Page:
It has been well over a month since I’ve been able to run a session of Mythic Bastionland and my schedule being what it is, I don’t know when I will have the time and energy to run games online again. Instead, I thought I’d do a sort of post-mortem on the four sessions I did run (the fourth, sadly, was never written up).
Overall I am really enjoying my time with this system. It is fun, evocative, and more people should play it so Chris can get more feedback and support in developing it. In this post I am going to emphasize the critical, because I think my earlier playtest reports speak for themselves in terms of the basic solidity of the game.
I also want to underscore that I tried to run these sessions “naively”. That is, I employed wherever possible the most literal and strictest interpretation of the rules as written as I could manage. While I recognize that one of the advantages of TRPGs in flexibility in how to implement their rules, I don’t think that flexibility should excuse a flimsy core.
Finally, the reader is asked to remember that this is still a game in the relatively early stages of its development. Having seen the evolution undergone by Into the Odd from its first days as a PDF floating around Google+ (it used 6 ability scores! And modifiers! And attack rolls!), I can speak firsthand to how deeply Mythic Bastionland is liable to change as it develops.
What has been working?
The prep structures are easy to grasp, well integrated, and make preparing sessions a breeze. I want to underscore this point: I really think, or at least hope, that this game is going to change the conversation about prep in the OSR. These structures are not perfect, not universal, but they are deeply functional in a way I’m not sure I’ve seen before. In private, I’ve talked about my dream of an OSR RPG you can just pull off the shelf and play like a board game, with little or no prep. (This dream, incidentally, was put into my head by my early experience playing Into the Odd.) If Mythic Bastionland is not that game, it’s as close as anything has ever come.
PCs are interesting and have connections to the world. Starting off with fun titles and powers gives players something to build on as they start to explore their character. Their knightly status provides them with a degree of social weight, even when they’re petty knights errant, and helps clarify how NPCs will treat them. That status and its accompanying code has also resulted in players thinking a lot more about their PCs’ social identites and reputations than I’ve seen in other OSR games. Your mileage may vary, but personally I really like this. It’s a refreshing change from the wandering freebooter and I appreciate that it comes with a certain moral weight.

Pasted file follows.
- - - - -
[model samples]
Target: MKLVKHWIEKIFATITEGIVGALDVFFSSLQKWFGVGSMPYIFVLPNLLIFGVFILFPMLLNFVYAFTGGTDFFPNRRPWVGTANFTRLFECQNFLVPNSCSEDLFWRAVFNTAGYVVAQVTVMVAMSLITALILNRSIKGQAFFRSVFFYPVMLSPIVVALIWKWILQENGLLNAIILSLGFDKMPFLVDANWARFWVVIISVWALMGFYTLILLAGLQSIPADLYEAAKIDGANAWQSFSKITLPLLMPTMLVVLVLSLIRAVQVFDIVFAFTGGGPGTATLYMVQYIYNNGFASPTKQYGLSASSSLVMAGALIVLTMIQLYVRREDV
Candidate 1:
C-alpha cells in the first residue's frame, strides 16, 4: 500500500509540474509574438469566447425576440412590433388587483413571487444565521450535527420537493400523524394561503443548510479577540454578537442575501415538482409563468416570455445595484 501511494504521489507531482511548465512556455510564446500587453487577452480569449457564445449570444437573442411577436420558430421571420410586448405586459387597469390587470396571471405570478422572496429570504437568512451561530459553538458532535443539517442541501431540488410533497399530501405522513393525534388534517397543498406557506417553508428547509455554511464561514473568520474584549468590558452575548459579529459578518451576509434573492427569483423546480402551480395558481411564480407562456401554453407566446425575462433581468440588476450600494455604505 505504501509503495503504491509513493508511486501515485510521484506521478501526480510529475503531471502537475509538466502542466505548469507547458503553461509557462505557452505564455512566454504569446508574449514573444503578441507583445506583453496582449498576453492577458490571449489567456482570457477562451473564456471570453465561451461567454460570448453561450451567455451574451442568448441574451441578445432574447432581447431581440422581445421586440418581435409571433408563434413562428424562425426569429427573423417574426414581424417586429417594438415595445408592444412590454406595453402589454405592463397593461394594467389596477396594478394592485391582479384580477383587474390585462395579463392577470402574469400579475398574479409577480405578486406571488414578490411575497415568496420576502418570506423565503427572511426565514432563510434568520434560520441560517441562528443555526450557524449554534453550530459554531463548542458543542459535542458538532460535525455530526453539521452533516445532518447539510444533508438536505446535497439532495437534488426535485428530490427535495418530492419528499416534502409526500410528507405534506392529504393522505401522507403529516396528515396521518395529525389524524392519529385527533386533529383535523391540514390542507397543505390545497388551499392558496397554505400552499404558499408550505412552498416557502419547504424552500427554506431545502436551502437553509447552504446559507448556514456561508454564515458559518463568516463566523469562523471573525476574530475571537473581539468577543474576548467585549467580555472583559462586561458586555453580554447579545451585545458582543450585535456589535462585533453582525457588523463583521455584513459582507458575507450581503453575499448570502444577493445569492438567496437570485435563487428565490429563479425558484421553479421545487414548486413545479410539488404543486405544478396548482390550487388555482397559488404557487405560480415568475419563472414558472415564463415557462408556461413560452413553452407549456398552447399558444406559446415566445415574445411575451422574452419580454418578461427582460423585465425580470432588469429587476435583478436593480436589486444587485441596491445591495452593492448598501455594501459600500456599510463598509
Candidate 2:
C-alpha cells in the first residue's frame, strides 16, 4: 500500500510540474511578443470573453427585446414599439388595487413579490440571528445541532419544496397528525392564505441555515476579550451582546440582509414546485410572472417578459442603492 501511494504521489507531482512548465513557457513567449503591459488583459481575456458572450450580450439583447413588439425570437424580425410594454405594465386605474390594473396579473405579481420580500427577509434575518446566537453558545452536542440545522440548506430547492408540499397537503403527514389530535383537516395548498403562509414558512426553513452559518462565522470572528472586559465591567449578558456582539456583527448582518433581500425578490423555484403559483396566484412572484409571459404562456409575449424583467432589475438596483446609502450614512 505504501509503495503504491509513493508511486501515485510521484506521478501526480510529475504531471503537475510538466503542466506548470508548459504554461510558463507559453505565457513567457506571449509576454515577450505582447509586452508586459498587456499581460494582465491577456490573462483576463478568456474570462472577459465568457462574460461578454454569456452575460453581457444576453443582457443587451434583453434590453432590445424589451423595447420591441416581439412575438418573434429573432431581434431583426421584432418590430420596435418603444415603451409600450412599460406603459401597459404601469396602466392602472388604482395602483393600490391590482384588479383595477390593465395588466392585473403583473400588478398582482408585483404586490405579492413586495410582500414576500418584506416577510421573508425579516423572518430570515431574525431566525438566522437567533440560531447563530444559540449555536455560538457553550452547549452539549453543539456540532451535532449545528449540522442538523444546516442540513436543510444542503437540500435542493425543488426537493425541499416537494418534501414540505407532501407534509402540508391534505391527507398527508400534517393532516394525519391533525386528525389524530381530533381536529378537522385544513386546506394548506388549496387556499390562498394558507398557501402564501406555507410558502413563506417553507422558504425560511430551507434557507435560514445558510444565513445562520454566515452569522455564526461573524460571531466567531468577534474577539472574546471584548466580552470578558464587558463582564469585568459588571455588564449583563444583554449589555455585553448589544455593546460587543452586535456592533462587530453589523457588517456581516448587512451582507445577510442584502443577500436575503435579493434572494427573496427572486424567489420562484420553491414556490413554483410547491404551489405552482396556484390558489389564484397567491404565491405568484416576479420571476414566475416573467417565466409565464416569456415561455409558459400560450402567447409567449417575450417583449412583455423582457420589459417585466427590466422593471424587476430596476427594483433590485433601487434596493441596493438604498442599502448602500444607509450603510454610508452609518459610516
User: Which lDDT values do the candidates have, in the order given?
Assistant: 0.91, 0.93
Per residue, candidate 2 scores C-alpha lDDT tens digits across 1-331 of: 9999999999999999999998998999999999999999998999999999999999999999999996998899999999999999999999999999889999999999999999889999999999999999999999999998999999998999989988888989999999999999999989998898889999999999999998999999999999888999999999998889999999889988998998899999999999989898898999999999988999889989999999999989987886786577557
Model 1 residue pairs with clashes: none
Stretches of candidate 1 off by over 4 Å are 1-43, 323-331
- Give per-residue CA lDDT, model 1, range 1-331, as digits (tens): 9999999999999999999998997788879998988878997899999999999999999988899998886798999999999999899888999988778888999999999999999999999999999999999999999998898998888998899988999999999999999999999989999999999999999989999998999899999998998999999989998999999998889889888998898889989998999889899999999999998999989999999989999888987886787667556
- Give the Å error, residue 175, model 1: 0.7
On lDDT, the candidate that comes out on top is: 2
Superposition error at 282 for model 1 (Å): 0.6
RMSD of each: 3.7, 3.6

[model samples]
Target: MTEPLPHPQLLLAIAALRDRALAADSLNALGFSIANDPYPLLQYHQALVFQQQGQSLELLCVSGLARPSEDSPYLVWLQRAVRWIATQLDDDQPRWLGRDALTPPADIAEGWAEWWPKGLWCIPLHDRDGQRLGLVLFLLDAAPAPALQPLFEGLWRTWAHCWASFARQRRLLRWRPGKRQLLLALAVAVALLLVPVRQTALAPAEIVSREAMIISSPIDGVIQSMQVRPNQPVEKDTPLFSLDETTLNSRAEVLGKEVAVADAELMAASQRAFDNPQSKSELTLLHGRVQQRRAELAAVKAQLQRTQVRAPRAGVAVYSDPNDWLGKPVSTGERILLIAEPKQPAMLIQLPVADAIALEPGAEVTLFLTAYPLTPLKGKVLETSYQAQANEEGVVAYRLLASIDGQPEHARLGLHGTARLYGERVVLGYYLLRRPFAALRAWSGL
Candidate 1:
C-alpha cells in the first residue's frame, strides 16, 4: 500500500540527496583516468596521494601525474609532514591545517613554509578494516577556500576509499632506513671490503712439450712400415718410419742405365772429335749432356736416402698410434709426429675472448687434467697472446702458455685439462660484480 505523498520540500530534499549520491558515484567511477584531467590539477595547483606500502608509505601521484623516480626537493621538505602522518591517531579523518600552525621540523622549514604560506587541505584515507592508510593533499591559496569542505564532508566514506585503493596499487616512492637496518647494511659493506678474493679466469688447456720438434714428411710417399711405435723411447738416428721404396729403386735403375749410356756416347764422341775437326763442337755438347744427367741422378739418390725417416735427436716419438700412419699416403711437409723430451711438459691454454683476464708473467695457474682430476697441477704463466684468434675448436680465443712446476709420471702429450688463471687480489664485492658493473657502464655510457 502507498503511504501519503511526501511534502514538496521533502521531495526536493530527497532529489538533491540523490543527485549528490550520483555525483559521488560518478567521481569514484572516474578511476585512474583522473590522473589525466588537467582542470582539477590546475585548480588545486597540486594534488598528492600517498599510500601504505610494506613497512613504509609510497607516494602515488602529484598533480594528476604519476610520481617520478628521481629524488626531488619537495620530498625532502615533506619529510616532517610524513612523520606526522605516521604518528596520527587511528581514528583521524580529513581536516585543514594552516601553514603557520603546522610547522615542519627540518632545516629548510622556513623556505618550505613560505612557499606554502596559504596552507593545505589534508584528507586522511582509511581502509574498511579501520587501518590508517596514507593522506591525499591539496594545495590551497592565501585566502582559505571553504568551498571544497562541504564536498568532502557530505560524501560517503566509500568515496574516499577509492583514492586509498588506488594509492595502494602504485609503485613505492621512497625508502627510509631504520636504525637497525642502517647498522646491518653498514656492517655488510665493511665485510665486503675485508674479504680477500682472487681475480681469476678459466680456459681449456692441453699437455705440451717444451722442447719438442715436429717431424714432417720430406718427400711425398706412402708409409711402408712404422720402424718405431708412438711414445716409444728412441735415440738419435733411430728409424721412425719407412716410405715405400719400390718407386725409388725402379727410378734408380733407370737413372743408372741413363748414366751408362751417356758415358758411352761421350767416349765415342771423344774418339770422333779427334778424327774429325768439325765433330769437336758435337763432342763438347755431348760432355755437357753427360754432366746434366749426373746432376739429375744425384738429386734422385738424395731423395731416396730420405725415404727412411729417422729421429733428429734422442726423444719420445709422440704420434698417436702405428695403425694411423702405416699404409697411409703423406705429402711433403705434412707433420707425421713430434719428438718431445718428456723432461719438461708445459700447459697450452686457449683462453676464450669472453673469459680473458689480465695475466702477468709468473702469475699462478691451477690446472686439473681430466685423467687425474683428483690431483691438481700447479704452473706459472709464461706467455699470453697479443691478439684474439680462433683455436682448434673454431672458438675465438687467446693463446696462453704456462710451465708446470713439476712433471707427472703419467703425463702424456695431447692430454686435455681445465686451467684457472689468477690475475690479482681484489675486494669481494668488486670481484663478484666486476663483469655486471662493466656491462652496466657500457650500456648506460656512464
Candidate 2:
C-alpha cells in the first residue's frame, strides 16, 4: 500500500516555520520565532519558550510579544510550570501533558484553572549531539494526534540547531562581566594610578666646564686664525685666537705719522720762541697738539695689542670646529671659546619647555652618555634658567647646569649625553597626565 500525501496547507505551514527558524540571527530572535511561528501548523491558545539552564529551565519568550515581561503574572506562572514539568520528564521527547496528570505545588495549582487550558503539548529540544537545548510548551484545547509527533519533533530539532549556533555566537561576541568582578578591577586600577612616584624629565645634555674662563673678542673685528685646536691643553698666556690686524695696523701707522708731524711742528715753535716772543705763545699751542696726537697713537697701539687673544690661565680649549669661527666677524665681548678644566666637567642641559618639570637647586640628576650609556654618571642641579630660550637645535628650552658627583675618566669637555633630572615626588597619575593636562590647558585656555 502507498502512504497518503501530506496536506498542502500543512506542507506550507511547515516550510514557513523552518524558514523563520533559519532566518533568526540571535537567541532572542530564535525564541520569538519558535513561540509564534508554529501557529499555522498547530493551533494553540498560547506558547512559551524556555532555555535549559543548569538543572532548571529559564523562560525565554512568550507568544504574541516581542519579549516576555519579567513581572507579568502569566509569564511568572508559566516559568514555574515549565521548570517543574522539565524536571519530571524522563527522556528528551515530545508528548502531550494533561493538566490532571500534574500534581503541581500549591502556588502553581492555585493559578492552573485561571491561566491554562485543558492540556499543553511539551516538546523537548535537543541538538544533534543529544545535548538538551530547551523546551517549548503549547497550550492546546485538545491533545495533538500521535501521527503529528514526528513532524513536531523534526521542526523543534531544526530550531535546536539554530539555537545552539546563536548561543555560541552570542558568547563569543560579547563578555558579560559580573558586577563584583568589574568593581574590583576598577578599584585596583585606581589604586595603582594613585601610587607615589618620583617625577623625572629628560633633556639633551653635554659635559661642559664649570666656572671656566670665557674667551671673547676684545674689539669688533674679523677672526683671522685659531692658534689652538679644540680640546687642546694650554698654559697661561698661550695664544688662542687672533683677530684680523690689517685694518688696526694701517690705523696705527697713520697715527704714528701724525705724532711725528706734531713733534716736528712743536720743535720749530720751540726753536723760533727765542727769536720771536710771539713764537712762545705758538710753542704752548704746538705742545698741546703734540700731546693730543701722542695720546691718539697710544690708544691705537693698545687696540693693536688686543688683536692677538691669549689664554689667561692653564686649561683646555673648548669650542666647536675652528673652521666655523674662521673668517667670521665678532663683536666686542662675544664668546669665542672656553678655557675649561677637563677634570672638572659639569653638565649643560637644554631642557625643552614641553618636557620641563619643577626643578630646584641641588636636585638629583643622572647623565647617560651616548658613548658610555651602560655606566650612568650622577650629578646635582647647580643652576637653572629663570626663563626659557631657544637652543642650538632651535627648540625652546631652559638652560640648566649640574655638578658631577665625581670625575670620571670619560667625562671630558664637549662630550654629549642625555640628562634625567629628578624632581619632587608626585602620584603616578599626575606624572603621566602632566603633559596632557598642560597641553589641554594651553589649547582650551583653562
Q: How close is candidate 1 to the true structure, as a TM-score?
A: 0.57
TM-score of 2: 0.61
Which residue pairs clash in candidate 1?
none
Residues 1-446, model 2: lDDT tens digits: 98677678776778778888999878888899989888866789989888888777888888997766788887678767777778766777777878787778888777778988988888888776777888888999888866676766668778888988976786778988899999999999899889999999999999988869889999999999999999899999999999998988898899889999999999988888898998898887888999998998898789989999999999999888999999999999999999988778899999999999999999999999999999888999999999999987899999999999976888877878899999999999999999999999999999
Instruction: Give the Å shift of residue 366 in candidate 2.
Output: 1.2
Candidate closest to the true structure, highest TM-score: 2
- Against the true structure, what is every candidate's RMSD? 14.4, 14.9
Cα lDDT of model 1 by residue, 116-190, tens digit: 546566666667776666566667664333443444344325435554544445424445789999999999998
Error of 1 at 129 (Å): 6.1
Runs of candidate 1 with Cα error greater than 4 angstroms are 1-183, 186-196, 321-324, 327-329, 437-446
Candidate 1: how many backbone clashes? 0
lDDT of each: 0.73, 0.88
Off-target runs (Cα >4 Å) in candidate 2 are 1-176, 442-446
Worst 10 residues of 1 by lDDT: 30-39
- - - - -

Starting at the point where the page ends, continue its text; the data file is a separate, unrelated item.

What has not been working?
I’m unclear on when to use Luck rolls. They are very open ended as a mechanic and I found myself using them almost exclusively for task resolution. Saves came up very rarely, partly because the circumstances tended not to be severe enough to be in the spirit of a Save, and partly because I like the oracularity of the Luck roll. This is not a bad thing per se: Luck rolls are good for compensating for gaps in prep and tend to move things forward, but I’m unsure whether this is how they are meant to be used.
Travel isn’t quite coming together for me. An earlier version of the travel rules worked in food and water scarcity, the need for adequate shelter, and a tight-ish action economy that required players to decided between travel, rest, and various tasks. This worked reasonably well in my opinion, although in practice the resource management aspect was pretty trivial and didn’t add much. The later versions more or less sidelined the resource management stuff and rolled tasks into the extant travel structure. In my experience, players have often had more opportunities to perform tasks than they can find uses for, which eliminates the time management aspect as well. This left a lot of the procedure around travel feeling a little weightless. This was putatively an intentional tradeoff to shift the emphasis towards Omens, Myths, and site-based interactions. In practice though this left travel resolution feeling a bit pointless, especially because…